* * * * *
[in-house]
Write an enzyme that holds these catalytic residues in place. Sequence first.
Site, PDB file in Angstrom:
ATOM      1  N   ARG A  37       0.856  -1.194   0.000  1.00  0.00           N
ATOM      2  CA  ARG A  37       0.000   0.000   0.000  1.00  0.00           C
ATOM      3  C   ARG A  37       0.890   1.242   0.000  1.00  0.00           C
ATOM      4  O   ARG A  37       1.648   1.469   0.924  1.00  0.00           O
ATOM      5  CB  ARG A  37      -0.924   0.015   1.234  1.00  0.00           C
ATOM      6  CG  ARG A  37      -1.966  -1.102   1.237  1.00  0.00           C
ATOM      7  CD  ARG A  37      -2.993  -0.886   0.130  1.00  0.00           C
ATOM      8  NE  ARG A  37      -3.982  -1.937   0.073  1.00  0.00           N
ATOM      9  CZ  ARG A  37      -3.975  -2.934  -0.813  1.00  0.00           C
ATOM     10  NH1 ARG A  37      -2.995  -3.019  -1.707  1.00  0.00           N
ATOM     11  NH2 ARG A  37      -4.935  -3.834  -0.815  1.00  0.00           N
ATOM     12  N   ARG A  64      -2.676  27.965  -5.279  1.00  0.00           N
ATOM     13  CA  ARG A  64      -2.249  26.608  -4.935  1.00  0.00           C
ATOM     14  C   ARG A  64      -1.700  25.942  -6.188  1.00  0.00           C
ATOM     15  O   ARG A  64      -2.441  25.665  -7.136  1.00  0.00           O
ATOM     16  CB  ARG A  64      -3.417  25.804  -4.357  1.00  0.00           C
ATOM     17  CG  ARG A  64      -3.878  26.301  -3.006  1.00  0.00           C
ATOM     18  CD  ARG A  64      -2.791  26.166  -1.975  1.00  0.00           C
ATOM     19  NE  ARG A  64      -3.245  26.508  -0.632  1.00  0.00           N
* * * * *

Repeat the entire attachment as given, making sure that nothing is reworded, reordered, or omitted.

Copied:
[in-house]
Write an enzyme that holds these catalytic residues in place. Sequence first.
Site, PDB file in Angstrom:
ATOM      1  N   ARG A  37       0.856  -1.194   0.000  1.00  0.00           N
ATOM      2  CA  ARG A  37       0.000   0.000   0.000  1.00  0.00           C
ATOM      3  C   ARG A  37       0.890   1.242   0.000  1.00  0.00           C
ATOM      4  O   ARG A  37       1.648   1.469   0.924  1.00  0.00           O
ATOM      5  CB  ARG A  37      -0.924   0.015   1.234  1.00  0.00           C
ATOM      6  CG  ARG A  37      -1.966  -1.102   1.237  1.00  0.00           C
ATOM      7  CD  ARG A  37      -2.993  -0.886   0.130  1.00  0.00           C
ATOM      8  NE  ARG A  37      -3.982  -1.937   0.073  1.00  0.00           N
ATOM      9  CZ  ARG A  37      -3.975  -2.934  -0.813  1.00  0.00           C
ATOM     10  NH1 ARG A  37      -2.995  -3.019  -1.707  1.00  0.00           N
ATOM     11  NH2 ARG A  37      -4.935  -3.834  -0.815  1.00  0.00           N
ATOM     12  N   ARG A  64      -2.676  27.965  -5.279  1.00  0.00           N
ATOM     13  CA  ARG A  64      -2.249  26.608  -4.935  1.00  0.00           C
ATOM     14  C   ARG A  64      -1.700  25.942  -6.188  1.00  0.00           C
ATOM     15  O   ARG A  64      -2.441  25.665  -7.136  1.00  0.00           O
ATOM     16  CB  ARG A  64      -3.417  25.804  -4.357  1.00  0.00           C
ATOM     17  CG  ARG A  64      -3.878  26.301  -3.006  1.00  0.00           C
ATOM     18  CD  ARG A  64      -2.791  26.166  -1.975  1.00  0.00           C
ATOM     19  NE  ARG A  64      -3.245  26.508  -0.632  1.00  0.00           N